July 1, 2014

How Mindfulness Can Change The Way You Travel. ~ Sam Wright

James Wheleer

I used to see mindfulness as an antidote to the strains of everyday life.

When I travelled, those strains would get left behind—and so would meditation. I’ve been speaking to experts to find out how exactly mindfulness can turn any trip into a journey.

When I’m at home or at work, mindfulness is a big part of my life. It’s one of the few good habits I’ve taken time to cultivate. If I’m feeling unmotivated, foggy-headed, drained or overwhelmed, I know I can take a few seconds to ground myself in the here-and-now.

Yet, for some reason, that all used to go out the window when I travelled. I didn’t “need” mindfulness in the same way I did when I was at home. Meditation was a rescue remedy, and when I travelled, I didn’t see any reason to bring it with me.

What it comes down to, I think, is the fact that it’s much easier to be mindful when you’re experiencing negative feelings and emotions. When something exciting happens, or you have something positive to focus on, it’s easy to get caught up in your joy. You’re not grounded. You don’t want to be grounded. You’re having an incredible time—why would you want to stop and think about it?

 Or at least, that’s how I used to feel.

I had an argument with my cousin on a night-train in Germany. We’d been traveling for over a week, packing far too much into our trip and barely stopping to sleep. We were both so tired that we’d ceased to enjoy ourselves, and it took a tearful fight and an hour’s meditation to make me realize that I’d stopped having fun four days ago.

Being mindful revealed that what I’d interpreted as “having a good time” was, when broken down into smaller parts, a mixture of excitement, self-imposed pressure to enjoy myself, and too much coffee and alcohol. This feeling I’d accepted as fact was not actually real.

This happens all the time with negative emotions, so it only makes sense that it holds true for positive ones, too. “Sometimes we bundle difficult or similar emotions together,” according to counsellor Adrian Francis. “What we perceive as, say, stress is often a combination of emotions that we haven’t properly examined. Mindfulness allows us to unpick these emotions and work out what is bothering us.”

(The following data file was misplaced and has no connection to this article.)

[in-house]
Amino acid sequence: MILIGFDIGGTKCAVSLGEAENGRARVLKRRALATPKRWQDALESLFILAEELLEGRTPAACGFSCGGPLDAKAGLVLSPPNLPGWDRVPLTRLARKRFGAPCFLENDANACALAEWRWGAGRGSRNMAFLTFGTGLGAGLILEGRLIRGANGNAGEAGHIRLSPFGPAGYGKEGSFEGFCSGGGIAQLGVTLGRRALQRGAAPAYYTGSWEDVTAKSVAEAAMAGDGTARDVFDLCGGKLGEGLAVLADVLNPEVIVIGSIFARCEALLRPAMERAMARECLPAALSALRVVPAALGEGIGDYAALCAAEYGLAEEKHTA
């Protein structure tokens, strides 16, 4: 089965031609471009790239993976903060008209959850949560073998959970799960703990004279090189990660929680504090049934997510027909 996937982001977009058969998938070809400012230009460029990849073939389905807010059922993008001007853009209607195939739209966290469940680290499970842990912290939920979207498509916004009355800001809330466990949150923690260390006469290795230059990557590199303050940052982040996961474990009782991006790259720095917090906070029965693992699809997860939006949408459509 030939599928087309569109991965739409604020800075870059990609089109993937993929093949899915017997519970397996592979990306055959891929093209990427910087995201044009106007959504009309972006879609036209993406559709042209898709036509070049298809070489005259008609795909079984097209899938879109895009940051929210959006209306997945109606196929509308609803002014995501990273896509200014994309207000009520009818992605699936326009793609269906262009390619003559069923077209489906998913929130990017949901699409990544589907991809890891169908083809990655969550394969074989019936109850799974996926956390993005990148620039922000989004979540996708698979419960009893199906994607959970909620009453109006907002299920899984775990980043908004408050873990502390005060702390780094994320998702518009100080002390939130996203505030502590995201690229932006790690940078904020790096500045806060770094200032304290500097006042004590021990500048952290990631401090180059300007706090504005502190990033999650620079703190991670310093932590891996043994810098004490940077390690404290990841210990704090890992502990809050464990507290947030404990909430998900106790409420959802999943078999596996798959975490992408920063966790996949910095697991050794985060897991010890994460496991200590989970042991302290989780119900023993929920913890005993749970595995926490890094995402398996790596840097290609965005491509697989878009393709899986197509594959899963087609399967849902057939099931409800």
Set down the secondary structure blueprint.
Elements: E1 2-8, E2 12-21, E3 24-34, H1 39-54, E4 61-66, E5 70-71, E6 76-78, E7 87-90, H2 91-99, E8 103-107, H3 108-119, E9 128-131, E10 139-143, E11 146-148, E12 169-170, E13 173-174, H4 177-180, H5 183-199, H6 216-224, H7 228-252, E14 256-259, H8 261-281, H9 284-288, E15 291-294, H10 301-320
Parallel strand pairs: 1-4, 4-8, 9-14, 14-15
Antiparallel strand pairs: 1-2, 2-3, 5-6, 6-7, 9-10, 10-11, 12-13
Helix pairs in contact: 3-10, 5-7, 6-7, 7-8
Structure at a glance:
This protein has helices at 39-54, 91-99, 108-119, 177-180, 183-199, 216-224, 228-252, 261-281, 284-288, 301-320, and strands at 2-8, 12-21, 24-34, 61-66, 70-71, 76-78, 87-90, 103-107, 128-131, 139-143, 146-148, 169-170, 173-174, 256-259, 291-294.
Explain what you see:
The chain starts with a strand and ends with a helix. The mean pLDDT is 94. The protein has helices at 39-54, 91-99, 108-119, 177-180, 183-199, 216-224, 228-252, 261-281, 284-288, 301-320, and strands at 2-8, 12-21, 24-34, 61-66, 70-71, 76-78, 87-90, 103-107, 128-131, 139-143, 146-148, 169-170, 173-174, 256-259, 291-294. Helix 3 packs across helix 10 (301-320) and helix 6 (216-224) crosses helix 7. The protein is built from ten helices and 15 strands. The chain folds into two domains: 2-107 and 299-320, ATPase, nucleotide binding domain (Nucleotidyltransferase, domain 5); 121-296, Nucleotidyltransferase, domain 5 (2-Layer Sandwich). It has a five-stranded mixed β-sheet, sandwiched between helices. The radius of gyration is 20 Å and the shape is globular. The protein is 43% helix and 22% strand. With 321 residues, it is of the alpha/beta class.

Nowadays, I approach travel as an exercise in mindfulness. I am growing deliberately, rather than incidentally. I travel much lighter now—both emotionally and physically (if you pack mindfully, you don’t tend to take as much stuff. Who knew?).

Waiting at an airport doesn’t have to be an inconvenience. It’s a chance to “check in” emotionally, and ground yourself before you take off. We absorb so much information when we travel, but without mindfulness, all that information comes from outside of ourselves. Travel is an opportunity to grow, and if we’re not being mindful, we’re not making the most of that opportunity.

Travel can bring merciful relief to the daily grind, enabling a resuscitation of ‘present’ living and mental rebooting, ” says psychologist Emma Kenny. But if we’re “rebooting” without mindfulness, we’re not really rebooting at all.

But it’s easy for me, as a recreational traveller, to talk about the benefits of mindful travel. I’d always imagined it would be different for people who travelled for work rather than for fun.

According to Matt Davies, director of Direct Rail, you can make the most of any journey. “I spend a lot of time talking about travel as an industry, but if I thought that way every time I got on a plane, it would ruin the experience. As with anything else in life, your journeys are defined by your mindset.”

So, next time you take a trip, think more carefully about what you bring along. You don’t need all those clean shirts, you don’t need two types of suncream, and you don’t need that self-imposed pressure to enjoy yourself. All you need is mindfulness.




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Apprentice Editor: Sarvasmarana Ma Nithya/ Editor:

 Photo: Pixoto/James Wheeler

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